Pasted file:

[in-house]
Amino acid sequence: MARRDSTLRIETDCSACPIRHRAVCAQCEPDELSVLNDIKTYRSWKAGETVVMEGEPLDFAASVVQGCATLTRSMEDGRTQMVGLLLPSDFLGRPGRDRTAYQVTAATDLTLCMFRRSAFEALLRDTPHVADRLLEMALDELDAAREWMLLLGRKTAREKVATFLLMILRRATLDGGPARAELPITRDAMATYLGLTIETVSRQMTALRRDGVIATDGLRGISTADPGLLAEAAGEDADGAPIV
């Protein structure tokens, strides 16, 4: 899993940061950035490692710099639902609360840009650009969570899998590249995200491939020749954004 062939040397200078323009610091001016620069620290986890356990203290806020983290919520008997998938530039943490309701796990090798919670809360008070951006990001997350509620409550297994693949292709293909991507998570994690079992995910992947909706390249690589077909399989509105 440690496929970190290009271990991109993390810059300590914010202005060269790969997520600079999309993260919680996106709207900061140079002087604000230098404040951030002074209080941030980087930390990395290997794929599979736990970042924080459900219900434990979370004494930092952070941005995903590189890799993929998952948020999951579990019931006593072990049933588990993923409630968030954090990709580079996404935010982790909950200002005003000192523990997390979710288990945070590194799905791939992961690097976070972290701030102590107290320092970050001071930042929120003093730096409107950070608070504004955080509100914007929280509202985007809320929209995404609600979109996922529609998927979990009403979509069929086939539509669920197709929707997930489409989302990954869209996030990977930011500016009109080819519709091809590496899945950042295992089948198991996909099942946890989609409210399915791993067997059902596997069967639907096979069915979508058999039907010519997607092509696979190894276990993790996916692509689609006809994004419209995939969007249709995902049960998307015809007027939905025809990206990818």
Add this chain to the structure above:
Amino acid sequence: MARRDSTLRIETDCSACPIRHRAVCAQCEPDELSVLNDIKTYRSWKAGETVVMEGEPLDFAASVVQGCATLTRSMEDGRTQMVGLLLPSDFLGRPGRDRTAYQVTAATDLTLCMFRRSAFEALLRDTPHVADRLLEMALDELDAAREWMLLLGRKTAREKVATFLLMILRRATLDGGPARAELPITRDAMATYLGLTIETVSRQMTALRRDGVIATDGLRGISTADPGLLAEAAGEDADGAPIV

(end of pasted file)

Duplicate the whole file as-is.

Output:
[in-house]
Amino acid sequence: MARRDSTLRIETDCSACPIRHRAVCAQCEPDELSVLNDIKTYRSWKAGETVVMEGEPLDFAASVVQGCATLTRSMEDGRTQMVGLLLPSDFLGRPGRDRTAYQVTAATDLTLCMFRRSAFEALLRDTPHVADRLLEMALDELDAAREWMLLLGRKTAREKVATFLLMILRRATLDGGPARAELPITRDAMATYLGLTIETVSRQMTALRRDGVIATDGLRGISTADPGLLAEAAGEDADGAPIV
């Protein structure tokens, strides 16, 4: 899993940061950035490692710099639902609360840009650009969570899998590249995200491939020749954004 062939040397200078323009610091001016620069620290986890356990203290806020983290919520008997998938530039943490309701796990090798919670809360008070951006990001997350509620409550297994693949292709293909991507998570994690079992995910992947909706390249690589077909399989509105 440690496929970190290009271990991109993390810059300590914010202005060269790969997520600079999309993260919680996106709207900061140079002087604000230098404040951030002074209080941030980087930390990395290997794929599979736990970042924080459900219900434990979370004494930092952070941005995903590189890799993929998952948020999951579990019931006593072990049933588990993923409630968030954090990709580079996404935010982790909950200002005003000192523990997390979710288990945070590194799905791939992961690097976070972290701030102590107290320092970050001071930042929120003093730096409107950070608070504004955080509100914007929280509202985007809320929209995404609600979109996922529609998927979990009403979509069929086939539509669920197709929707997930489409989302990954869209996030990977930011500016009109080819519709091809590496899945950042295992089948198991996909099942946890989609409210399915791993067997059902596997069967639907096979069915979508058999039907010519997607092509696979190894276990993790996916692509689609006809994004419209995939969007249709995902049960998307015809007027939905025809990206990818």
Add this chain to the structure above:
Amino acid sequence: MARRDSTLRIETDCSACPIRHRAVCAQCEPDELSVLNDIKTYRSWKAGETVVMEGEPLDFAASVVQGCATLTRSMEDGRTQMVGLLLPSDFLGRPGRDRTAYQVTAATDLTLCMFRRSAFEALLRDTPHVADRLLEMALDELDAAREWMLLLGRKTAREKVATFLLMILRRATLDGGPARAELPITRDAMATYLGLTIETVSRQMTALRRDGVIATDGLRGISTADPGLLAEAAGEDADGAPIV